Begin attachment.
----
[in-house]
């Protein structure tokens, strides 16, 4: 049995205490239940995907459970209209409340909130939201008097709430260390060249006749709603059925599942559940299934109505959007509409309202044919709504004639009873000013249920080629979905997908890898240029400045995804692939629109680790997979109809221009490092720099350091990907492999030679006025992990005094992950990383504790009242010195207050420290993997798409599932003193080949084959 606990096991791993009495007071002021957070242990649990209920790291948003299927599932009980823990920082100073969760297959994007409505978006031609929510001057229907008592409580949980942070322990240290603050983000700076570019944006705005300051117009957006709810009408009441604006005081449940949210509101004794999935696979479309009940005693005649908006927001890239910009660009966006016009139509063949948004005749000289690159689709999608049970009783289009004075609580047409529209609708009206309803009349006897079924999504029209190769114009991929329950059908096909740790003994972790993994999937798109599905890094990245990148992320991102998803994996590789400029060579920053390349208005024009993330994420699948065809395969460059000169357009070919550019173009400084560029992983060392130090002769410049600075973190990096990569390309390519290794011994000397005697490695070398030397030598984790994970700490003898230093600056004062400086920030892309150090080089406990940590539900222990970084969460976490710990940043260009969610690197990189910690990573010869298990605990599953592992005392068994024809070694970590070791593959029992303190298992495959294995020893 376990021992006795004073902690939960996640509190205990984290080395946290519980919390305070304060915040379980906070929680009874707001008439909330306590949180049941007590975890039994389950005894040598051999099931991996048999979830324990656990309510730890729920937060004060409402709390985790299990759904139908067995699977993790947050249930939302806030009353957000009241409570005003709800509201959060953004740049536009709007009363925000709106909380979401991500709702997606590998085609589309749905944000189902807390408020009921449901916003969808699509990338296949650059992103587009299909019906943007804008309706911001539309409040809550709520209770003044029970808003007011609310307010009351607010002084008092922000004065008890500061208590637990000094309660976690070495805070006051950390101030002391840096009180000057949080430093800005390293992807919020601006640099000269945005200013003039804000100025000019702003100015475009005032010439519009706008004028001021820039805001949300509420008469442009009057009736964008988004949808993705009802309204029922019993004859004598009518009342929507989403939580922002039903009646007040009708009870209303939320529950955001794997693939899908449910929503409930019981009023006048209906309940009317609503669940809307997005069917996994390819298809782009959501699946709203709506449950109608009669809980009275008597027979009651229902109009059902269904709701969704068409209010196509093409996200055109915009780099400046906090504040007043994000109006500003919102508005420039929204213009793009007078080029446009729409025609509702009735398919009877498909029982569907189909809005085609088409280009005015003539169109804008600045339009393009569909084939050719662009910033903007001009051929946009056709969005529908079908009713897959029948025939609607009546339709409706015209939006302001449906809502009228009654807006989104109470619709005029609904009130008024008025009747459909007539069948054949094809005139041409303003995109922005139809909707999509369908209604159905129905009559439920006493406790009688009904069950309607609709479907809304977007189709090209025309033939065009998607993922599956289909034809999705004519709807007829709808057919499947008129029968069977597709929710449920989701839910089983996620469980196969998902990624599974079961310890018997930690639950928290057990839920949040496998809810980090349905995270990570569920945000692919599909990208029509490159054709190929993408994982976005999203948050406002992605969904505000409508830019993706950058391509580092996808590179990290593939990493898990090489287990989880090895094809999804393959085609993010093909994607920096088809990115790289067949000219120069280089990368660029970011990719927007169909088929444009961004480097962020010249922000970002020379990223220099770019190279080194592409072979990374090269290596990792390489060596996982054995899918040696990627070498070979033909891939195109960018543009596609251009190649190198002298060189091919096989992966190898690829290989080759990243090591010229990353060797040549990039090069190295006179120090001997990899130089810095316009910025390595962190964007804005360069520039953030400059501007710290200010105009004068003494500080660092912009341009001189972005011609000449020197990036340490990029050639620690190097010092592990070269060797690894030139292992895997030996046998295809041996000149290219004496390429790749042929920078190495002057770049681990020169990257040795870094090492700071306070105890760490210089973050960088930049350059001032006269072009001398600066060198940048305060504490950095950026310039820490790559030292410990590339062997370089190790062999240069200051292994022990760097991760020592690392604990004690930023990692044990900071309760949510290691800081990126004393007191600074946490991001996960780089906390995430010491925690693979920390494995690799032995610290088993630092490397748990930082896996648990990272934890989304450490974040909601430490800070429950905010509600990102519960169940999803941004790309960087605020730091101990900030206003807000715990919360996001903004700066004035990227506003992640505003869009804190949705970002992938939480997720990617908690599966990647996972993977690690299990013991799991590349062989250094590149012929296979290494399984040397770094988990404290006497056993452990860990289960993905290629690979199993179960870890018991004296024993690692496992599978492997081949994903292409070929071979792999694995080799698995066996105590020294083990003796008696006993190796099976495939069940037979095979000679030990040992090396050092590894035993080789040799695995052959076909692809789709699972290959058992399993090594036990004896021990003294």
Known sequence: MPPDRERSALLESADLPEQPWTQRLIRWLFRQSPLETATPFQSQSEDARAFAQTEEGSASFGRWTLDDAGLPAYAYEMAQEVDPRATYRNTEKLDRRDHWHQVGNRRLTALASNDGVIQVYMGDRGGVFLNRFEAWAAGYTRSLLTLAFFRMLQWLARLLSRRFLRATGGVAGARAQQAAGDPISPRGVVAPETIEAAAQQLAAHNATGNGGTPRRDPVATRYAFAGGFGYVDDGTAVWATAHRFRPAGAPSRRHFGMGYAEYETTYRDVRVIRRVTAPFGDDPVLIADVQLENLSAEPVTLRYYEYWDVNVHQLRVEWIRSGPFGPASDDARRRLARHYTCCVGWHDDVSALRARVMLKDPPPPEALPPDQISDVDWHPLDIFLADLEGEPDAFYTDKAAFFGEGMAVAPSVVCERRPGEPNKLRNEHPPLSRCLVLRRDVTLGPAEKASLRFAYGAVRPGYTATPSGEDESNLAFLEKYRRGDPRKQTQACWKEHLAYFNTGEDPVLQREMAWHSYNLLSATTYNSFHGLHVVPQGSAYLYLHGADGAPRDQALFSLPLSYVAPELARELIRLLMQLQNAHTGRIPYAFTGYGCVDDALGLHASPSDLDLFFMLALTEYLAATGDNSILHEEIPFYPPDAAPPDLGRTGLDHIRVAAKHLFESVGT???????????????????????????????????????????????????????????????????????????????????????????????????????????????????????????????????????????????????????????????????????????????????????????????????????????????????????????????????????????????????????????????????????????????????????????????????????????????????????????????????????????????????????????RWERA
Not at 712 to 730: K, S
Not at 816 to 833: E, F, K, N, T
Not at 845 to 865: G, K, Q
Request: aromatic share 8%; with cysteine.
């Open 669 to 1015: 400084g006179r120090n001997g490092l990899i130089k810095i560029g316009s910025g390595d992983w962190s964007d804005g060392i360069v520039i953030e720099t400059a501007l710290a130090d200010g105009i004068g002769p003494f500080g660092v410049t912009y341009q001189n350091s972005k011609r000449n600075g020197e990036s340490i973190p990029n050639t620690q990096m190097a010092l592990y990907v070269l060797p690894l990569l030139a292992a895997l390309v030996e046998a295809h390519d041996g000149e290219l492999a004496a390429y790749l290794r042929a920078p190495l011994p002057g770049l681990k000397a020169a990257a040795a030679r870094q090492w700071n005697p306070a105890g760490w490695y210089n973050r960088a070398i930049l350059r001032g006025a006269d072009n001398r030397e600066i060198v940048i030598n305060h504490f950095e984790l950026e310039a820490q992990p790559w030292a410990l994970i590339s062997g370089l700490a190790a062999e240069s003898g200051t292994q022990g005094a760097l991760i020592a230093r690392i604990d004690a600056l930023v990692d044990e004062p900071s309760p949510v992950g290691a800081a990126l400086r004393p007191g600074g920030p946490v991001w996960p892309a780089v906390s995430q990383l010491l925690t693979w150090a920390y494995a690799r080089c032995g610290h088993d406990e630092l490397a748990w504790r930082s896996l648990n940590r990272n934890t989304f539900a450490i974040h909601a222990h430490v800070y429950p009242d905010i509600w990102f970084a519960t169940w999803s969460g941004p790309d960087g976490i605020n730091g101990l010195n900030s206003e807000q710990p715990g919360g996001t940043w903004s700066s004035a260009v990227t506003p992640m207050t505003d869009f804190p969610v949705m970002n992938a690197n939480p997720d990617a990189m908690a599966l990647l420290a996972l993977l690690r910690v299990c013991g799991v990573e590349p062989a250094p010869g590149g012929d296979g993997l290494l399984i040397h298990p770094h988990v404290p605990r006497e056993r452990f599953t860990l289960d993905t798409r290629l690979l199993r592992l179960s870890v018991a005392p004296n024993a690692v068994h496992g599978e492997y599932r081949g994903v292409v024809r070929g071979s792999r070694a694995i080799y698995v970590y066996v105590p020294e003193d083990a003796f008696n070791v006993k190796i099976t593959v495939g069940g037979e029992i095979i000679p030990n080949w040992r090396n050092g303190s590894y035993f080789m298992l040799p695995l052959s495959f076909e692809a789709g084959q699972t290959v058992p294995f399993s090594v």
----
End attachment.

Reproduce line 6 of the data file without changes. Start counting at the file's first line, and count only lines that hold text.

Not at 845 to 865: G, K, Q